5 Tips for Starting a Small Farm Business

You don’t mind waking up before the sun rises. You’re undaunted by physical labor. Shovel a pile of manure? No problem. Work boots and dusty jeans make up your daily wardrobe- and you love it.

You might just be a farmer.

Nobody needs to explain the joys of working on a farm. Even city dwellers know its appeal. You become immersed in a natural, growing world. Crops aren’t children but you will devote a lot of time to caring for them and watching them grow.

People are less clear-headed about the drawbacks. Running a profitable farm is a real business and it carries all the risks associated with entrepreneurship. You need to love being outdoors but you also you need to have a strong head for business. Corporate farms are ready to devour profits if you slip.

Living a bucolic country lifestyle seems simple, however, it can be very expensive. Your farm will require a lot of money upfront before it can become profitable. For example, you’ll need to invest in equipment.

At https://www.exapta.com/product-category/planter, Exapta notes that its no-till planters and parts can increase your crop yield and beef up your profits. Farm equipment isn’t cheap but it’s necessary.

So, what do you need to know if you’re starting a farm?

Let’s review.

  1. Figure out Your Finances

Debt will cripple you. It’s better to start off with a smaller, more manageable farm than to plunge into debt. Your income is far from guaranteed, especially in the early years. Most small farmers live modest lifestyles. Few can afford to be loaded with extra payments.

This doesn’t mean that you should never take on debt. Sometimes, you really will do need a new tractor and you can’t scrounge up the cash. It might make more sense to borrow money to cover the costs than to spend an indeterminate amount of time without a tractor.

If you decide to take out a loan, work out your business plan first. You want to borrow the minimum amount.

  1. Know Your Market

There’s no point in growing organic kale if you don’t have anyone to sell it to. It might be delicious, fresh, and healthy but you’ll only make money if the market falls in love. That’s why you need to meticulously research the area where you plan to build your farm. How will you reach your customers? What are people in the area buying?

Focusing on a niche market means that you’re forced to hunt for your customers. Big box retailers aren’t going to be knocking on your door looking to make a deal.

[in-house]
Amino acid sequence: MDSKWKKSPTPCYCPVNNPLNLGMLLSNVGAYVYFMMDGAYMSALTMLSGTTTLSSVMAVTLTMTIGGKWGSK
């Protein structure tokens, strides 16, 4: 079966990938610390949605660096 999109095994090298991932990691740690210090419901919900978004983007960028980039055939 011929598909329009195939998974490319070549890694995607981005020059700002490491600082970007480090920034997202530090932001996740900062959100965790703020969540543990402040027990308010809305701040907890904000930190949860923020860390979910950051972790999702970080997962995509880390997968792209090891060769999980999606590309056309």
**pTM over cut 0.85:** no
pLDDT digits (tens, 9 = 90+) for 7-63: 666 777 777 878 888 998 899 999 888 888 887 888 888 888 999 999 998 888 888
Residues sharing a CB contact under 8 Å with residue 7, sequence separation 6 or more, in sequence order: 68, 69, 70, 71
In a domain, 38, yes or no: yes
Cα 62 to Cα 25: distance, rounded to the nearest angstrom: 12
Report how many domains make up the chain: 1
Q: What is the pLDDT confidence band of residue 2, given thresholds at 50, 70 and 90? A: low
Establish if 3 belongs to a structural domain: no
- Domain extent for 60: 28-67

1. Plan Your Produce

What are you going to grow? Farming is hard, dirty work. There are days where you’ll be exhausted at the end. If you’re going to devote so much time to farming, you may as well grow something that makes you happy. Don’t focus on growing vegetables when the idea of producing blueberries or bananas makes your heart sing.

  1. Brush up on Marketing

You’re on your own here. It’s your farm and you’re the boss. The responsibility lies entirely on your shoulders. You may have amazing, in-demand produce or meat but it doesn’t matter if nobody knows that you exist. Figure out you’re marketing plan BEFORE you start your farm, especially if you borrow money.

If there are no farmer’s markets in the area, you could team up with other growers and start one. You can also set up a small produce stand near your farm if there’s enough traffic. The best marketing strategy for your farm depends on where you’re located.

  1. Prepare for Hard Times

Farming is TOUGH. The work itself is hard and it’s difficult to earn a reliable income. However, if you’re passionate about what you do, it doesn’t matter. For many farmers, being outside and feeling the glow of the sun warming your face in the morning as you milk your cows is infinitely more pleasurable than trudging into an office building.

Still, you need to be prepared for when it gets rough. Because it probably will. Crops will fail, animals will get sick or die. If you can shoulder through it, you’ll appreciate your successes even more.

Starting a business farm is a great idea for people who love the outdoors and aren’t afraid of constant physical labor. Don’t go into the endeavor blindfolded. Speak to other farmers and learn everything that you can about the lifestyle before you commit.

Originally published on Africa Business


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